Research industry technology incubator Digital Science has announced the recipients of its Blockchain Catalyst Grant. This one-off grant was made available to any project implementing Blockchain in a scholarly or scientific context, especially those that addressed the dissemination of research.
https://broker.cex.io reports that blockchain technology has disrupted the financial sector with cryptocurrencies such as Bitcoin and Ethereum; the technology has also proved to be valuable in logistics as well as supporting the Internet of Things and other domains. Scholarly communication and open science can benefit from transparency, distributed consensus, accountability, proof of existence, evidence of change, and other features of Blockchain technology. This special grant was created to recognise the potential of Blockchain to create innovative new tools and platforms to improve scholarly communication.
“Blockchain has fantastic potential for scientific research, and we were keen to explore what early-stage, innovative ideas were out there,” said Steve Scott, Director of Portfolio Development, Digital Science. “We were genuinely surprised at both the number of entries for this specialist area and the high quality of all the applications. It was a difficult final decision, and we’ve chosen to award grants to two projects with really interesting potential.’
The team at Datax in Hong Kong are developing a data ecosystem that will improve the quantity, quality and diversity of datasets available for machine learning. The project will allow researchers to crowdsource data with which to train AI’s, while owners of datasets can commercialize their data assets, with the confidence in the exchange provided by Blockchain technology.
“This grant will make a real difference to the development of our new platforms” said Kevin Wong, Co-Founder, Datax, “It will help us put our plans into action by speeding up the development of data crowdsourcing and exchange platform on the Blockchain.”
VIVO, a team based in the United States, proposed the use of Blockchain to create new models of research value based on a diverse set of research outcomes and transactions. Researchers will be rewarded for creating, curating, reusing and improving scientific content, including figures, code, datasets, manuscripts, preprints, and projects. The platform will recognize the value in all research outputs without channelling researchers into reliance on one single tool or platform.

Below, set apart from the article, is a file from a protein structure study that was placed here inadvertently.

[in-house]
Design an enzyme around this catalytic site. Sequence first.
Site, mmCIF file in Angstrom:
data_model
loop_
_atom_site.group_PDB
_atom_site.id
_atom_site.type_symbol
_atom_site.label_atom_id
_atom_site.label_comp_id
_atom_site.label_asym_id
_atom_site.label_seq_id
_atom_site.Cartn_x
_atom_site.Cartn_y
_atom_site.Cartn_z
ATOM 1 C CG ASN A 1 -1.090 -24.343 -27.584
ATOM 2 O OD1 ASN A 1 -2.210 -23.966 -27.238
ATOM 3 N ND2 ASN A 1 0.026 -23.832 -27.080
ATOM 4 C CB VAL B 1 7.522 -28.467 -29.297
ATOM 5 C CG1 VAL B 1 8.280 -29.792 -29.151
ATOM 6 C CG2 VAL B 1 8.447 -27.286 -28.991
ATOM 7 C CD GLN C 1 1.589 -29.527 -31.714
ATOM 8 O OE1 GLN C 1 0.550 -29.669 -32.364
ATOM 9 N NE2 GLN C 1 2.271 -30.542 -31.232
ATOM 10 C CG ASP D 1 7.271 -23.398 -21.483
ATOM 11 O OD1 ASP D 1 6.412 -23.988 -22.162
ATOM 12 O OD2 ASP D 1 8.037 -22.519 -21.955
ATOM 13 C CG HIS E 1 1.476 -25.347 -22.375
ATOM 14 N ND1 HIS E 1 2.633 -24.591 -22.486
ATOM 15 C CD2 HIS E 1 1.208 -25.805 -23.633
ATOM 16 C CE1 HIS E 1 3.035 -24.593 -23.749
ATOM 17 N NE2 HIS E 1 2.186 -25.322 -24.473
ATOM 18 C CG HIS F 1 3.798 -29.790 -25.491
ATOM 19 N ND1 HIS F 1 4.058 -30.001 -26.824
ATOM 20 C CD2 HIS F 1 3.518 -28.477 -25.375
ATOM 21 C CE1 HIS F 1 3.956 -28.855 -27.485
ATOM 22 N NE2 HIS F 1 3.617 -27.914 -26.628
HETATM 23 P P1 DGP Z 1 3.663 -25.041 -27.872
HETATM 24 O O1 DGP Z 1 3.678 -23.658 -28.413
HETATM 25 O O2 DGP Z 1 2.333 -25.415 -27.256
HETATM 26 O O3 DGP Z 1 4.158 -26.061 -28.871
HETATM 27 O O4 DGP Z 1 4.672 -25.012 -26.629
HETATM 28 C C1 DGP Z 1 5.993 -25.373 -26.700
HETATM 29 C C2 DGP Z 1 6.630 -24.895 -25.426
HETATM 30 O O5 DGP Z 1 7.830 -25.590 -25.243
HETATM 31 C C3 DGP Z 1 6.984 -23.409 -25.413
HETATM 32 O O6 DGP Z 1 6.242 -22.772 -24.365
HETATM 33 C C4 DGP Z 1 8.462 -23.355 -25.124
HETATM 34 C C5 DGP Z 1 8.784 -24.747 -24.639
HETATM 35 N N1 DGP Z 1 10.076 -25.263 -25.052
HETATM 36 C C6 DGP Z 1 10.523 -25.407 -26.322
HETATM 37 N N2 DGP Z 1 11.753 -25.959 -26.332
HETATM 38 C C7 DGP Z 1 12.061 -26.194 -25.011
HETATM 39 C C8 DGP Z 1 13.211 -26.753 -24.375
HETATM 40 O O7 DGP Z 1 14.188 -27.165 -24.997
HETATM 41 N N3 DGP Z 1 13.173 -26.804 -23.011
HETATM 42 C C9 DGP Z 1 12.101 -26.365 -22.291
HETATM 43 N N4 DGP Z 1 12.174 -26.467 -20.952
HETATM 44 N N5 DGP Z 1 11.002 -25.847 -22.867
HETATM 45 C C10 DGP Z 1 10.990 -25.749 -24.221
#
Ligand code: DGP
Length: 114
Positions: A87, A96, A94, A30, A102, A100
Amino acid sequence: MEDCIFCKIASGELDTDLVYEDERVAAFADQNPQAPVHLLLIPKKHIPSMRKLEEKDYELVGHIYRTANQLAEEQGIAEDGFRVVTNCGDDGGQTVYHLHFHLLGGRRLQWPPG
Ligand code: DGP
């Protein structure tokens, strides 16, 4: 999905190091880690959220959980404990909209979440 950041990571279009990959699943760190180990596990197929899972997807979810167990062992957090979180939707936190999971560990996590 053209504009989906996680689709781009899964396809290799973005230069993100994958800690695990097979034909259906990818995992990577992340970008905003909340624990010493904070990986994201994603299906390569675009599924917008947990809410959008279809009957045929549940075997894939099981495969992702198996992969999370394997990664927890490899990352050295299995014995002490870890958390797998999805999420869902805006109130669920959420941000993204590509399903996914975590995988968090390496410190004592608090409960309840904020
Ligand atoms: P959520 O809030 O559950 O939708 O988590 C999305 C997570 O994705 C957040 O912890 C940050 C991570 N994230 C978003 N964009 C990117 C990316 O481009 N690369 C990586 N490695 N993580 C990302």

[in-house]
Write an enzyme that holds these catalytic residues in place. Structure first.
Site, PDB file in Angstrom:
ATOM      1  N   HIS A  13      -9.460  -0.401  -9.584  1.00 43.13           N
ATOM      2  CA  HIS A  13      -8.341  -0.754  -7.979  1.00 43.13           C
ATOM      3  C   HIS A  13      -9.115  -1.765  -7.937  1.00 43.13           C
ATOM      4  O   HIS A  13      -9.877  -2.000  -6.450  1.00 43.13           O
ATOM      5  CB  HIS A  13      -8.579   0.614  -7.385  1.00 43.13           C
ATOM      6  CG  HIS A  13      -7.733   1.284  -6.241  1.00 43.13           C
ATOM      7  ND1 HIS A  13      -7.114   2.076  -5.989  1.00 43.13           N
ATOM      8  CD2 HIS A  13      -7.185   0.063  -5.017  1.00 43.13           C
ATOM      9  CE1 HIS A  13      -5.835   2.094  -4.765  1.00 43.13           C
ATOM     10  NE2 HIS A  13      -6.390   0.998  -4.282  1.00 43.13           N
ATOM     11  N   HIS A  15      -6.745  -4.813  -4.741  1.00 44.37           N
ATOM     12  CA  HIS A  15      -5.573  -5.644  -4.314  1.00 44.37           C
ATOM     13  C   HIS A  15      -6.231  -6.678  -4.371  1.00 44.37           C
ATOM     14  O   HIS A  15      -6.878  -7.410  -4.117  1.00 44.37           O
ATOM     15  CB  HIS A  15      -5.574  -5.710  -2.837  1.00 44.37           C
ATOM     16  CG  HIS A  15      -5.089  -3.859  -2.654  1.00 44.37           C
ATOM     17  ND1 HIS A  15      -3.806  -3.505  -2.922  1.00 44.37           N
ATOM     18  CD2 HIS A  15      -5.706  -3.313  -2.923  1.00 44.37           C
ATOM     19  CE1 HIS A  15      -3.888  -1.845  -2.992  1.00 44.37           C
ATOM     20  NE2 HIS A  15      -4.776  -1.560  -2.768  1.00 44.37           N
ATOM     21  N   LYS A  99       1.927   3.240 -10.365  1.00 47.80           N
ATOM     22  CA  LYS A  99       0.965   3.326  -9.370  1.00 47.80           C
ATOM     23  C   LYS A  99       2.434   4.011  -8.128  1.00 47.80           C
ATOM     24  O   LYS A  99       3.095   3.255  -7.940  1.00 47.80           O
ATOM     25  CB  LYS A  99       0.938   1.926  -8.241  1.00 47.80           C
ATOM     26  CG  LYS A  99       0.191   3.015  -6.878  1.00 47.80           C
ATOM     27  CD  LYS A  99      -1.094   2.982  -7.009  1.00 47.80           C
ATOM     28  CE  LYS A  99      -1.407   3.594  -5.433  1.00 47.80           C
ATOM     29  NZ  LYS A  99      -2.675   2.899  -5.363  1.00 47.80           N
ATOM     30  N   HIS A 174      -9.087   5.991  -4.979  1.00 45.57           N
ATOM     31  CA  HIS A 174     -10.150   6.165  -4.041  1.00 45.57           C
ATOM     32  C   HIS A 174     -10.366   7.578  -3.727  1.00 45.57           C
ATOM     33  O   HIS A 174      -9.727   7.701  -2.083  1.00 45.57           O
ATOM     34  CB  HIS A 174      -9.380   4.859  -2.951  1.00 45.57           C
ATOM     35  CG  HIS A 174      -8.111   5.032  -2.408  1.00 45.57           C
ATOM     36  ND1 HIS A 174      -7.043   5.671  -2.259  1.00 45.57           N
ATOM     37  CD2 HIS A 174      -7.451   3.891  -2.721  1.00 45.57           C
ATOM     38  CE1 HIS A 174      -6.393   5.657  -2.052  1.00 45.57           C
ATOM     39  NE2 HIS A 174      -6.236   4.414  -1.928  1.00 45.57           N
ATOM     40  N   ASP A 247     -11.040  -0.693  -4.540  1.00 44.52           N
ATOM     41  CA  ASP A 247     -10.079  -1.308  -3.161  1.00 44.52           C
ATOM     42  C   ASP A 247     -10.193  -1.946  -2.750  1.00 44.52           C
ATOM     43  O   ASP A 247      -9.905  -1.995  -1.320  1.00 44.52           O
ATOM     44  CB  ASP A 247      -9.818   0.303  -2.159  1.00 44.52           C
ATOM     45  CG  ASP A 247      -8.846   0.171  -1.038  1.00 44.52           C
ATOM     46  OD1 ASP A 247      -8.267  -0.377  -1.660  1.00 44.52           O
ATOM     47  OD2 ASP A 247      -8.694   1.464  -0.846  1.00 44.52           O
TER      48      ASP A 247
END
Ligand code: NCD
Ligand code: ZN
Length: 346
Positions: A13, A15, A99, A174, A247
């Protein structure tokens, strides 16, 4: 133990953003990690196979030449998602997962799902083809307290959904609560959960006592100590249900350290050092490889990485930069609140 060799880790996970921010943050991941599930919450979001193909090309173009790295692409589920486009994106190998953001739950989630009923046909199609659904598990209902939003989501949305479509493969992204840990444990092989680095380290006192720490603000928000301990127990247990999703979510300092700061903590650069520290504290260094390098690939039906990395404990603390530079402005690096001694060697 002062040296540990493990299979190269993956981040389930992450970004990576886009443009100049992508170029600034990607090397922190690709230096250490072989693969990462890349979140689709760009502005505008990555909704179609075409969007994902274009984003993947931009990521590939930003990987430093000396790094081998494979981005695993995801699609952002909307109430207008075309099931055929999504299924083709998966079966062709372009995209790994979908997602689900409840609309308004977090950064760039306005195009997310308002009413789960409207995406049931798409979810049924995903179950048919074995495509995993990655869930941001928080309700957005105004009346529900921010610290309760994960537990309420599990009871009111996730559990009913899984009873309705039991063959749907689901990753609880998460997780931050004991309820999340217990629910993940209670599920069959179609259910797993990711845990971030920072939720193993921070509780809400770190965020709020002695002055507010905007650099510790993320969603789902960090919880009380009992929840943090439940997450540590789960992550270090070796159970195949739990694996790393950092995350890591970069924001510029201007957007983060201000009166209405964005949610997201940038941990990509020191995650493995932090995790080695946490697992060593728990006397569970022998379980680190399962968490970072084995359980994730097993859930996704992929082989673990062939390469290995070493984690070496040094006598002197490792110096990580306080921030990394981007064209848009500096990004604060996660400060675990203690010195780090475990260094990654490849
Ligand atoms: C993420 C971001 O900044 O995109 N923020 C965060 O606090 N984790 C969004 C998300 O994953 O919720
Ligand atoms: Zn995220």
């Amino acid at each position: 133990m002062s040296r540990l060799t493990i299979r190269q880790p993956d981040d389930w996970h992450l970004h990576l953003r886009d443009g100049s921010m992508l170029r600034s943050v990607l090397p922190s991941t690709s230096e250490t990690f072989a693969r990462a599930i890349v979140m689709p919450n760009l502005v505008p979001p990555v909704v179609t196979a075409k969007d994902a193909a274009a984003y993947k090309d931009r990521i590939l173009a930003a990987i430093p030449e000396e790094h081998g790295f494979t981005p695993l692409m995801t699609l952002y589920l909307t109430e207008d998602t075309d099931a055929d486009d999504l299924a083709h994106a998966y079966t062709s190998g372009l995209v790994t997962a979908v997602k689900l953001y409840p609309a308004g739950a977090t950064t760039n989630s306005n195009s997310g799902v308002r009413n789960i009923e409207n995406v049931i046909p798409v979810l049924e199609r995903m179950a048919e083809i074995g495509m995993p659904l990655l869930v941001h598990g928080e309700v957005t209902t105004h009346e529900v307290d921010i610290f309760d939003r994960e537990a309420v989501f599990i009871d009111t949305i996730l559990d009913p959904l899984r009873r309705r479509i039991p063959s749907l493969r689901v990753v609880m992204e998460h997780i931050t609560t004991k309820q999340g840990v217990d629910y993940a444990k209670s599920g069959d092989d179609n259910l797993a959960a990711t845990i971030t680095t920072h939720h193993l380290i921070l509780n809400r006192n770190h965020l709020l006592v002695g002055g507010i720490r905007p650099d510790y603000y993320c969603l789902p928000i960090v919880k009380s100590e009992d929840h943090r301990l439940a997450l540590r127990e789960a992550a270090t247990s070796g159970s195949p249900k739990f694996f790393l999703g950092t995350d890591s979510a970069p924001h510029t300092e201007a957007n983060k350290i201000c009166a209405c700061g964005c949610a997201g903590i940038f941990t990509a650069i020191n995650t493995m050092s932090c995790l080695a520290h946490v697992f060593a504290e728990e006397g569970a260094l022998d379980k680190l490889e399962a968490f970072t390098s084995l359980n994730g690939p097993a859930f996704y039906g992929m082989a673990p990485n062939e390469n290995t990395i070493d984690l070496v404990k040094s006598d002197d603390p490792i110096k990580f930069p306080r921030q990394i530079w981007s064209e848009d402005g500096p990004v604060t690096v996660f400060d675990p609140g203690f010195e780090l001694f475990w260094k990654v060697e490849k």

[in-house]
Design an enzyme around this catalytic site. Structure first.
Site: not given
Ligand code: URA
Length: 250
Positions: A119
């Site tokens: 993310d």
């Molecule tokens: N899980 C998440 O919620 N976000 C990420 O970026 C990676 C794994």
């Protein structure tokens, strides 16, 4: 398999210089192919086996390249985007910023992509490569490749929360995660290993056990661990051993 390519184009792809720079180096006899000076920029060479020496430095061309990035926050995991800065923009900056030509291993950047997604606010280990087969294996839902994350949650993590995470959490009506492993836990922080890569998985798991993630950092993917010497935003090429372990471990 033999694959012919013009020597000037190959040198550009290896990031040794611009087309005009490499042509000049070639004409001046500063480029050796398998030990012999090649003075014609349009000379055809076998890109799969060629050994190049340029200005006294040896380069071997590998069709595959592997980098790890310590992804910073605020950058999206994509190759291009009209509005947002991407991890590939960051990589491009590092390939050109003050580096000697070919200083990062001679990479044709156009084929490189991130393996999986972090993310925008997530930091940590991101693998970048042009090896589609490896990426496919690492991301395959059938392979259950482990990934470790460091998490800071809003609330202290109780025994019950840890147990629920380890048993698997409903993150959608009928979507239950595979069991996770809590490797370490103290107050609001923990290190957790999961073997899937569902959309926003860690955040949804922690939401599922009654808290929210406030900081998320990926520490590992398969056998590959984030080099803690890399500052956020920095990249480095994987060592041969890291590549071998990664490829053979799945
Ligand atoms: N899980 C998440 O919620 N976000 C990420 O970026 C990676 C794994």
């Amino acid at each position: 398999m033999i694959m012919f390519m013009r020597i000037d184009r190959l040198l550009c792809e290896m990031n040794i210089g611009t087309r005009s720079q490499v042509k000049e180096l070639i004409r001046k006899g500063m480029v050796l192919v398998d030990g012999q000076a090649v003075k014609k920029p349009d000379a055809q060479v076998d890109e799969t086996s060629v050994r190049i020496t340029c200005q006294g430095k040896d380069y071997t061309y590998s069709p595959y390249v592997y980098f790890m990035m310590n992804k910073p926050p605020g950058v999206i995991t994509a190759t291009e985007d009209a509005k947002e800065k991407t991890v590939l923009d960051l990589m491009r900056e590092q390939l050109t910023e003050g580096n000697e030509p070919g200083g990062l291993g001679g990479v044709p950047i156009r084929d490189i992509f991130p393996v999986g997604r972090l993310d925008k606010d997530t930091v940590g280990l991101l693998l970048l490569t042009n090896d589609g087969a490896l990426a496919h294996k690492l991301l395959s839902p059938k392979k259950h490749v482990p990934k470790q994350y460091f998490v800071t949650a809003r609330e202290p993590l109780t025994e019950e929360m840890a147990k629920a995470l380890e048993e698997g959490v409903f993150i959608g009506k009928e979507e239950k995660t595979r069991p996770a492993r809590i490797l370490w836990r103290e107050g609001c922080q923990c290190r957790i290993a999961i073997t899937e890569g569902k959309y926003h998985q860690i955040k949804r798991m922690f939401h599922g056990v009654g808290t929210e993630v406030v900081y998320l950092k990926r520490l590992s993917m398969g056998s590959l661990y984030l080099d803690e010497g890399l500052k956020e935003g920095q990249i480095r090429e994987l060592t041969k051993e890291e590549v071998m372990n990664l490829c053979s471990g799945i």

“Scholars could benefit enormously from a system of rewards and incentives that present their contributions in an unambiguous and traceable manner; moreover, as one size does not fit all, communities should be able to define the value for all accepted contributions,” said Mike Conlon, VIVO Project Director, Emeritus Faculty Member, University of Florida. “We look forward to creating fundamentally new opportunities for researchers to openly share and publicize their work.”
“We’re excited to explore the application of Blockchain technology to promote new, open processes for open science and scholarly communication. Our application interoperates with existing infrastructures while focusing on delivering the benefits of Blockchain technology to researchers; easing data management and facilitating a FAIR reward and incentive ecosystem,” said Alexander Garcia Castro, Senior Research Officer at the Universidad Politécnica de Madrid. “This will bring a new level of transparency and accountability to open science.”
Digital Science’s Catalyst Grant aims to foster innovative ideas in scholarly publishing, and the one-off Blockchain Grant recognises the potential of this particular technology. Both winning applications stood out for their potential to offer concrete benefits to researchers.
The next Catalyst Grant deadline is June 30th 2018. Find out more at www.digital-science.com/catalyst-grant